I gambled it away, embezzler says

Money: A bank teller admits taking cash from the vault, but seeks a lighter sentence by attributing a luxury lifestyle to her husband's illegal activities.

May 15, 2001|By Gail Gibson | Gail Gibson,SUN STAFF

As head teller at First Union's Pikesville branch, Marian D. Turner earned about $25,000 a year and enjoyed the trust and respect of her co-workers. She also had sole access to the bank's cash vault, and federal authorities say she put it to good use.

From July 1998 through 1999, investigators say, Turner took more than $1 million and went on a lavish spending spree.

There were a sprawling new house, a Toyota 4Runner and a Mercedes-Benz.

Just a few months before bank officials discovered the missing money during a routine audit, Turner and her husband threw a seated dinner party for 195 people at Martin's West banquet hall, complete with ice sculptures and a disc jockey.

Turner, 39, doesn't deny taking money. But in an unusual argument that could win her a lighter sentence when she appears tomorrow in U.S. District Court, she says the embezzled cash didn't buy all the fine things that federal investigators have tracked through canceled checks and store receipts.

Money for the house, the cars, big-screen televisions and a $39,000 trailer home for her mother in North Carolina, Turner suggests, came from her husband's disability income, old illegal-drug debts and gambling activities.

As for the money she took from the bank, Turner says she gambled away every dollar at casinos in Atlantic City and racetracks in Delaware.

"When I would lose, I would say, `Well, I'll go back and I will win it,'" Turner testified last month. "I didn't realize I had a gambling addiction - it's just like an alcoholic doesn't know he's an alcoholic. But now it's come to light. I do have an addiction."

It is not unheard of for defendants accused of stealing to claim a gambling problem. In one recent high-profile Baltimore case, Michael Timothy Snow, a former city police lieutenant, said that was what drove him to commit four bank robberies.

He was sentenced this spring by U.S. District Judge J. Frederick Motz - the same judge who is hearing Turner's case - to 14 years in prison for the robberies, which netted about $250,000.

Turner, who pleaded guilty last June to one count of bank fraud, does not face nearly as much time, even though investigators say she took four times the amount of money. Under federal sentencing guidelines, prosecutors say, Turner could get 57 to 71 months - or about five to six years.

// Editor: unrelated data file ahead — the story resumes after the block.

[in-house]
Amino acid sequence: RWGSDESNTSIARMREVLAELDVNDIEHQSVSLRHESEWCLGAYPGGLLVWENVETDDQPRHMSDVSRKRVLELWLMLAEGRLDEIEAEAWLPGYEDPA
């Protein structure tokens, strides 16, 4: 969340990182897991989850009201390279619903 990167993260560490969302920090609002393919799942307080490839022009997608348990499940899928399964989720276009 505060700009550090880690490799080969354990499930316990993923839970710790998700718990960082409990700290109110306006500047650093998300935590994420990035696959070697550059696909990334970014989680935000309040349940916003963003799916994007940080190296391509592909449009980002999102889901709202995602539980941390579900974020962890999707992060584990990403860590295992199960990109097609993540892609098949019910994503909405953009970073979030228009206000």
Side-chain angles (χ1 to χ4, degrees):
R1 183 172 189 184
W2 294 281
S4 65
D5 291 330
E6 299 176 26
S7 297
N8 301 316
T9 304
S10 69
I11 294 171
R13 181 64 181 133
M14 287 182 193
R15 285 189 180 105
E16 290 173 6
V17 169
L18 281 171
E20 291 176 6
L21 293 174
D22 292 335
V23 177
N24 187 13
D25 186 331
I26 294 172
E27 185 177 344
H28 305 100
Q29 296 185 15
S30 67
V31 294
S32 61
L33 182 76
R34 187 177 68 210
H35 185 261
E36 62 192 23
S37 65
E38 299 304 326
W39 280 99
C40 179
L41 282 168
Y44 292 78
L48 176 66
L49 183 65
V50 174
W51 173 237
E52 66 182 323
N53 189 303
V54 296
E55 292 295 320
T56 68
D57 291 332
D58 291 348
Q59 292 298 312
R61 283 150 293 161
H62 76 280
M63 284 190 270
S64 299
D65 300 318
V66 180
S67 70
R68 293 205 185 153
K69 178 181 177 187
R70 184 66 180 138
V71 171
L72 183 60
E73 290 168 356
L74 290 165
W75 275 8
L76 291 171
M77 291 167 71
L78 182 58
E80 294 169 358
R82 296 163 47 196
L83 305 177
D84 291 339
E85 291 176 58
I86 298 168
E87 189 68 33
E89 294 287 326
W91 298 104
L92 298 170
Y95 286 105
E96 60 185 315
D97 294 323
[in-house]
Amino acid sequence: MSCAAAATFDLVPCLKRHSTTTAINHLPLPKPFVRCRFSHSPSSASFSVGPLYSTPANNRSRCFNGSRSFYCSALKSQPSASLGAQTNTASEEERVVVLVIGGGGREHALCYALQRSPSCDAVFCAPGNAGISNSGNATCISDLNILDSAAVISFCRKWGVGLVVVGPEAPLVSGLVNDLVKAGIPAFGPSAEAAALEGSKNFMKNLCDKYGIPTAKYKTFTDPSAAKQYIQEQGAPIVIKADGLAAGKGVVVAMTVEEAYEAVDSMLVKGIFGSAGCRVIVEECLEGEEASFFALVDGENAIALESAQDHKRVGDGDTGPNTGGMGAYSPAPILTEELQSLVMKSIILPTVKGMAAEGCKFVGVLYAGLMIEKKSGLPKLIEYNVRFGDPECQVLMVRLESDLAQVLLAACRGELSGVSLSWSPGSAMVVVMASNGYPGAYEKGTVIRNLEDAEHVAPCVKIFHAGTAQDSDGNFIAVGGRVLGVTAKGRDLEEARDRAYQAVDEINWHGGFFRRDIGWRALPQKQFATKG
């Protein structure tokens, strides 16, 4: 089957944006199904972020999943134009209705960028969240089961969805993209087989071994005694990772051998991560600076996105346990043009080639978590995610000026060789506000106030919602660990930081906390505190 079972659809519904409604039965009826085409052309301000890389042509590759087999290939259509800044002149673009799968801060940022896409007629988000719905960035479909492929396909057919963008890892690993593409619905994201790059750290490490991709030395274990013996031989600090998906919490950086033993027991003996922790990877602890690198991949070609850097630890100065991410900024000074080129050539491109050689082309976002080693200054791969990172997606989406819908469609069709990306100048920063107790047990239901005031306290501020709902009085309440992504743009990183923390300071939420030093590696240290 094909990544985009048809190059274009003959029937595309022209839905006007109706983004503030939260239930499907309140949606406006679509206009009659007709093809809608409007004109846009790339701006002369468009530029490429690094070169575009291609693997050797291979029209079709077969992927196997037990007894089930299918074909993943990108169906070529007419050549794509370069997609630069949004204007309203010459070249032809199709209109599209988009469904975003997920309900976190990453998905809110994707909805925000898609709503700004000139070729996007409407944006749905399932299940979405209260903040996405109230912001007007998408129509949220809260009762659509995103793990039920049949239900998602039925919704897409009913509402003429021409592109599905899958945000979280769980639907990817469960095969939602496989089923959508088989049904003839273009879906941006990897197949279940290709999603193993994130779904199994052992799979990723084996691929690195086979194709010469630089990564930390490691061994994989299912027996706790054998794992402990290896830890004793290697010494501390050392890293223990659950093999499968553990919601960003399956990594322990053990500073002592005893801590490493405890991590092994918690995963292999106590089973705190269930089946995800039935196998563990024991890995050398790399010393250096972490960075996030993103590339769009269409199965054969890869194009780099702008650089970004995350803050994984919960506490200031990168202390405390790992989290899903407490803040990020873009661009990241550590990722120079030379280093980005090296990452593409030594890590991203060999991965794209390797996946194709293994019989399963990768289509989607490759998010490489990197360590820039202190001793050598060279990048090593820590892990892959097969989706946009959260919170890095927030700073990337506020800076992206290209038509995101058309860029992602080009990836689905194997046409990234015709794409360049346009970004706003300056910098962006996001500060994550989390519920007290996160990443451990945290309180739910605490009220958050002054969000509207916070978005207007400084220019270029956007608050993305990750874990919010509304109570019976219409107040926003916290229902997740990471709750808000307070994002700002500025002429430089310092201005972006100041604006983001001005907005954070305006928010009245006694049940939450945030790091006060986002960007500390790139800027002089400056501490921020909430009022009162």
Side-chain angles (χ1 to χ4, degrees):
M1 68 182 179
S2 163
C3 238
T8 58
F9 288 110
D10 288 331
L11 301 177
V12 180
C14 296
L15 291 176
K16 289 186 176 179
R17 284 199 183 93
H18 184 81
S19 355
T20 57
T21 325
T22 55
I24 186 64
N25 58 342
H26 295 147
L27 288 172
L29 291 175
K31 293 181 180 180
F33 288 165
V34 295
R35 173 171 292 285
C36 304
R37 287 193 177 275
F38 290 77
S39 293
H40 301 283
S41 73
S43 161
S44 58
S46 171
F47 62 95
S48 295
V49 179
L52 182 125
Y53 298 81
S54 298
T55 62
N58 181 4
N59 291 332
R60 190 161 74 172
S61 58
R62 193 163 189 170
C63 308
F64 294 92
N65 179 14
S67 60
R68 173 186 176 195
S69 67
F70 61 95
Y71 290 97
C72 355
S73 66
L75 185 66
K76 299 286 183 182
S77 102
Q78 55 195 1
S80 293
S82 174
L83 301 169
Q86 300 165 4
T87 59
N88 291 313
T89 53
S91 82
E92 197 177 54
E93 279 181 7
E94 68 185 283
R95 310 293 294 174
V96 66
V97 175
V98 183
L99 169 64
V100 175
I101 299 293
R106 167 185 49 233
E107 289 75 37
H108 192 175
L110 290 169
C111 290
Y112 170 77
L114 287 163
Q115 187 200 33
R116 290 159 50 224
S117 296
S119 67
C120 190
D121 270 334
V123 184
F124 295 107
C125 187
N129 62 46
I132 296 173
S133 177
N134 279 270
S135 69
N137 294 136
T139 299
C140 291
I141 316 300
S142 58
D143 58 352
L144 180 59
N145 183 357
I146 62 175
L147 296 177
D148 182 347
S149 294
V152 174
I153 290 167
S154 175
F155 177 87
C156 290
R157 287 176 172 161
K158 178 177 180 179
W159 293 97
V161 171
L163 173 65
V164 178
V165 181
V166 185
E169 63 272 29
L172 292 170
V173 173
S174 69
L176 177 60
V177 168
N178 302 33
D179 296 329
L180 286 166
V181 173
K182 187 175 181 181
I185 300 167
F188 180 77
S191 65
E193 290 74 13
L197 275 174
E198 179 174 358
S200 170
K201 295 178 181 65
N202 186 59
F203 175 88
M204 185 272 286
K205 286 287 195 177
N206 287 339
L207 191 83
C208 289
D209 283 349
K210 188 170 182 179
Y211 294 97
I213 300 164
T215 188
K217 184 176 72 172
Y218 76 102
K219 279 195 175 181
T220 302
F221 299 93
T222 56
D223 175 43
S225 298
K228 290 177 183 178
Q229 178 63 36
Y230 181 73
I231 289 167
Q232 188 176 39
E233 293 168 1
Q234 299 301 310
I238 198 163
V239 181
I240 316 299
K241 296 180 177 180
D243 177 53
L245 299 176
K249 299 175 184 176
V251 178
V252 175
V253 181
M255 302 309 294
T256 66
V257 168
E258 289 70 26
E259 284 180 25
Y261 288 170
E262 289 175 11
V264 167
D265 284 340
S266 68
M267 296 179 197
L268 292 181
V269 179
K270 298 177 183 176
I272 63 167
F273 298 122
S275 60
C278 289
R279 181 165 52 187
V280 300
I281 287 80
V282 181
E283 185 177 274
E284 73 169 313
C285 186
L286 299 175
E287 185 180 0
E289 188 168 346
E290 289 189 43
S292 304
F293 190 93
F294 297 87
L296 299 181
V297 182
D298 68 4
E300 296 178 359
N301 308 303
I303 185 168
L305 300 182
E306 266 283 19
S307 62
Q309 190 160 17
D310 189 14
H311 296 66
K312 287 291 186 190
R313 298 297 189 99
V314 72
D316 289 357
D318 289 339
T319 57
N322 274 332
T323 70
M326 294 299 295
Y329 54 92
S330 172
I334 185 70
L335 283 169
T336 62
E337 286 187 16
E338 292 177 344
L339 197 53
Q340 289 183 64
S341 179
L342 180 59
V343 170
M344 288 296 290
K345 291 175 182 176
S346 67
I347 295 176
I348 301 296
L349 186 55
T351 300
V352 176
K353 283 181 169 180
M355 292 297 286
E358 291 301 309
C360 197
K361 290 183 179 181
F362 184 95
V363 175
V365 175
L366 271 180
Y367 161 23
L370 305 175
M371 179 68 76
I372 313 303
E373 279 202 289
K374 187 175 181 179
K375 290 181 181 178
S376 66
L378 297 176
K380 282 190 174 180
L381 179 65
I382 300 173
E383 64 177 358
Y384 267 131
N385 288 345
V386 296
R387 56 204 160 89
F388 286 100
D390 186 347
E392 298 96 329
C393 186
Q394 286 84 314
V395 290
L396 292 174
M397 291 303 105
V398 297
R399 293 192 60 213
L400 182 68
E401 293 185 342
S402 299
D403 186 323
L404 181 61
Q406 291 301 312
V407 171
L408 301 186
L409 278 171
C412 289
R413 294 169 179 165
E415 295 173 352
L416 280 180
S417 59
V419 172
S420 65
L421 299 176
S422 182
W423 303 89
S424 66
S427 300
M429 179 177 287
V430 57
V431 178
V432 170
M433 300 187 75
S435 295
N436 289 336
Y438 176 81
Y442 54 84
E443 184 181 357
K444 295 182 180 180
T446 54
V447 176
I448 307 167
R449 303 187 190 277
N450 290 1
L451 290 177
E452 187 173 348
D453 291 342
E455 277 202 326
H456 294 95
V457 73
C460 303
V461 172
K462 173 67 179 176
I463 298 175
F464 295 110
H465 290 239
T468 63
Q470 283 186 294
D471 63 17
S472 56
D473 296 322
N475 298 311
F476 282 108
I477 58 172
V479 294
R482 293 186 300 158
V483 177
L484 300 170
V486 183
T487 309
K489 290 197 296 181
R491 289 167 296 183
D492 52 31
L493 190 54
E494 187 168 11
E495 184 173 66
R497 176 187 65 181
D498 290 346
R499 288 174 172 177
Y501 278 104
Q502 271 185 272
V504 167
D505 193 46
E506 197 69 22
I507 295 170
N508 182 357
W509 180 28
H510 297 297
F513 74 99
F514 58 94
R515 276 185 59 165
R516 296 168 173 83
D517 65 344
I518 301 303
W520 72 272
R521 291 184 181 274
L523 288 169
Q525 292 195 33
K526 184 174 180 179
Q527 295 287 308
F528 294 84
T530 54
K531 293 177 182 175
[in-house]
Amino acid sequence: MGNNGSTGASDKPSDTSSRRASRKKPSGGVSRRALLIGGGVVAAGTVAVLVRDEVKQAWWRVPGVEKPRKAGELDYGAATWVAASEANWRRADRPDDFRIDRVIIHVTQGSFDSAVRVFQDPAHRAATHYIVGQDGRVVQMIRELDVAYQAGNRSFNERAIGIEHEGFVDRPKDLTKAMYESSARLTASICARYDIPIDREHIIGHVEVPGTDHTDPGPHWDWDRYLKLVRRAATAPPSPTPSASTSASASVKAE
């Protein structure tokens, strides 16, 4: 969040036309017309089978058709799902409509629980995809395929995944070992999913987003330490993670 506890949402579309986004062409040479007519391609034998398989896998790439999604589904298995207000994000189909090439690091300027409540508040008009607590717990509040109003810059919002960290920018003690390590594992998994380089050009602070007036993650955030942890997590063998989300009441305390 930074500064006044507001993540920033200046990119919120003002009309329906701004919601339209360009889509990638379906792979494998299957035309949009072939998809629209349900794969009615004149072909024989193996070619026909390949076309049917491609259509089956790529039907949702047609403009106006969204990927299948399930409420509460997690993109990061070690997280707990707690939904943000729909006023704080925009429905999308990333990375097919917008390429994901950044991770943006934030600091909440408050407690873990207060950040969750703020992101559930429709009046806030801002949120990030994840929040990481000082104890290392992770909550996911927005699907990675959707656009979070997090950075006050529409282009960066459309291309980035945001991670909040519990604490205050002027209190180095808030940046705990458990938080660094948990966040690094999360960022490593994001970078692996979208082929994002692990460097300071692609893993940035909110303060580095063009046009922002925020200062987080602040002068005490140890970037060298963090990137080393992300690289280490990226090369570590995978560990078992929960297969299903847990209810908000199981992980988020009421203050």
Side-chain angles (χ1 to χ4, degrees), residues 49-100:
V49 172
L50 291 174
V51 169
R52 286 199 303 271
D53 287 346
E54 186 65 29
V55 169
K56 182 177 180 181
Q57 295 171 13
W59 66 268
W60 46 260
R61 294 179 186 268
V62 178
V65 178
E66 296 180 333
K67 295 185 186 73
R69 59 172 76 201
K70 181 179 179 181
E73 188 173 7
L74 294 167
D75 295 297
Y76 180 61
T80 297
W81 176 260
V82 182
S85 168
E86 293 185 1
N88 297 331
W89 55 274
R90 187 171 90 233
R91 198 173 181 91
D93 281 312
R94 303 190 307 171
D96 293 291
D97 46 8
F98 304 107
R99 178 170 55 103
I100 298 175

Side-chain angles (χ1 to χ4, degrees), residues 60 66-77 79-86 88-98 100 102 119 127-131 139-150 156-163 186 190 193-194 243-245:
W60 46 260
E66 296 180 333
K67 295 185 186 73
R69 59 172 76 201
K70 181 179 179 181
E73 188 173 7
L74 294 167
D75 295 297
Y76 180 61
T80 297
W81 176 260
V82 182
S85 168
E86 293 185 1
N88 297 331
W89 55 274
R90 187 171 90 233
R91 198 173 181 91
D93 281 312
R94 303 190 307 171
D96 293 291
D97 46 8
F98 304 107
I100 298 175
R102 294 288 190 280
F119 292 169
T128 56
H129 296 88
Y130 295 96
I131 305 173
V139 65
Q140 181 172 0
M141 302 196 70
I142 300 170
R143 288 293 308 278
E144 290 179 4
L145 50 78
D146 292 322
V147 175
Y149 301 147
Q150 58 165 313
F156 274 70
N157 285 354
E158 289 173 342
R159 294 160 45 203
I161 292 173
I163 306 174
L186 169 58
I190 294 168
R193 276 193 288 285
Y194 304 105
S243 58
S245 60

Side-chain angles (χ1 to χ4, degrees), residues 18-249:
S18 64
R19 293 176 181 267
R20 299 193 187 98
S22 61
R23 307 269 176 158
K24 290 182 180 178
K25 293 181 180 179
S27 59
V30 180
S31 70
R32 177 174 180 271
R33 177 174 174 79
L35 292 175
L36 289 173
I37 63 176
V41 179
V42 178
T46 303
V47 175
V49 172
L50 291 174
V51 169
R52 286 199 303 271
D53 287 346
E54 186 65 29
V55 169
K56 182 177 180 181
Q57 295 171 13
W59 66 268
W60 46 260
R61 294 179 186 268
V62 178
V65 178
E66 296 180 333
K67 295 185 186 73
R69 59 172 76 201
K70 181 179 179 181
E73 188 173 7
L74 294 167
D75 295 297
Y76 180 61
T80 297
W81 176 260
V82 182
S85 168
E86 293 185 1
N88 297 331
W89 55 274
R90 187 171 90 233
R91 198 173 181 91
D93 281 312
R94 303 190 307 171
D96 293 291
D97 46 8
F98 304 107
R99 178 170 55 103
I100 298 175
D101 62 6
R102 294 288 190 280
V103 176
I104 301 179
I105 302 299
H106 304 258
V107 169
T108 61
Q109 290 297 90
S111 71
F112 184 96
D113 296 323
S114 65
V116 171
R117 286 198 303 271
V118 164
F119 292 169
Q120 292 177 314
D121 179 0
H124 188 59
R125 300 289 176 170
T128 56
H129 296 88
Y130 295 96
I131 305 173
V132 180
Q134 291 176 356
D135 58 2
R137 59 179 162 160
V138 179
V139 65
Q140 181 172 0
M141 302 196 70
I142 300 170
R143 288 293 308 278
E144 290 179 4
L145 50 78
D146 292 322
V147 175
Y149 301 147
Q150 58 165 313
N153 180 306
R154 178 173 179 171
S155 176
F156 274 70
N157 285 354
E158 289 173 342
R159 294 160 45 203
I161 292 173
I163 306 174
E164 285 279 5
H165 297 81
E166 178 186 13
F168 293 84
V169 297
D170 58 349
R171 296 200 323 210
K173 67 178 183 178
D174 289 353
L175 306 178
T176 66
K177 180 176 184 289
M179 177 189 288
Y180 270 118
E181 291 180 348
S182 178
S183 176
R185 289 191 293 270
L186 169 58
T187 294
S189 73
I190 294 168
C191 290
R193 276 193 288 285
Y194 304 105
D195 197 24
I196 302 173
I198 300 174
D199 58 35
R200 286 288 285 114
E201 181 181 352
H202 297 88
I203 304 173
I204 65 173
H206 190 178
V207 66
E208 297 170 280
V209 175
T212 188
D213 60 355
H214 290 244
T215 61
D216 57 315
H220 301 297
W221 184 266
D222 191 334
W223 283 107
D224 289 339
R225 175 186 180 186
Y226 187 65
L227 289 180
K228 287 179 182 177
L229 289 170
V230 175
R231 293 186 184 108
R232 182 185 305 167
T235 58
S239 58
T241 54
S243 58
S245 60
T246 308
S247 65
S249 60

She could see a still lower sentence if she convinces the judge that she struggled with a gambling problem or that she did not spend the stolen money on personal items.

Account of spending

So investigators have taken painstaking steps to try to prove that neither is true.

Federal agents compiled a detailed accounting of Turner's purchases, including the new 3,800-square-foot house on Morning Mist Court in western Baltimore County, where she has continued living since her arrest.

The house is valued at nearly $450,000, a deck overlooking the back yard cost $38,000 and landscaping approached $5,000.

Turner spent $21,174 on draperies and blinds between May and October 1999, the same year she earned $25,000 at the bank, court records show. Receipts showed $30,450 spent on jewelry and $18,023 for the party at Martin's West.

In all, investigators tracked nearly $1.2 million in spending from July 1998 to December 1999. That was about $781,000 more than Turner and her husband, Joseph Turner Jr., earned.

"During the 18-month period of the embezzlement, the defendant and her spouse engaged in a spending spree that far exceeded their available income and resources," Assistant U.S. Attorney Kathleen O. Gavin said in court papers.

FBI agents and federal prosecutors also subpoenaed records for Turner and her husband at major casinos in Atlantic City and then asked gaming expert D. Robert Sertell of Vineland, N.J., to assess Turner's gambling habits.

His findings: Turner was a frequent $1 slot player, but it would have been nearly impossible for her to have lost $1 million on the machines.

To do that, Sertell reported, Turner would have had to be at the casinos much more often, gambling much larger sums. According to the records Sertell reviewed, the Turners saw a net gambling loss of $111,098 from 1996 through 1999.

Turner and her attorney, Baltimore lawyer Kenneth W. Ravenell, have portrayed her gambling habits during the late 1990s far differently. Ravenell declined to let Turner be interviewed for this article, but he said her tale is far more complicated than the simple fact of the missing money.

"It's a tough situation when sometimes people just look at the act and say, `Well, the money is gone,'" Ravenell said. "They should look at it more broadly."

Court documents and testimony portray Turner as a capable, hard-working bank employee. Her former supervisor at First Union, Nadine J. Sheppard, said Turner, who had worked at various Baltimore banks for 12 years, was one of her most valued workers.

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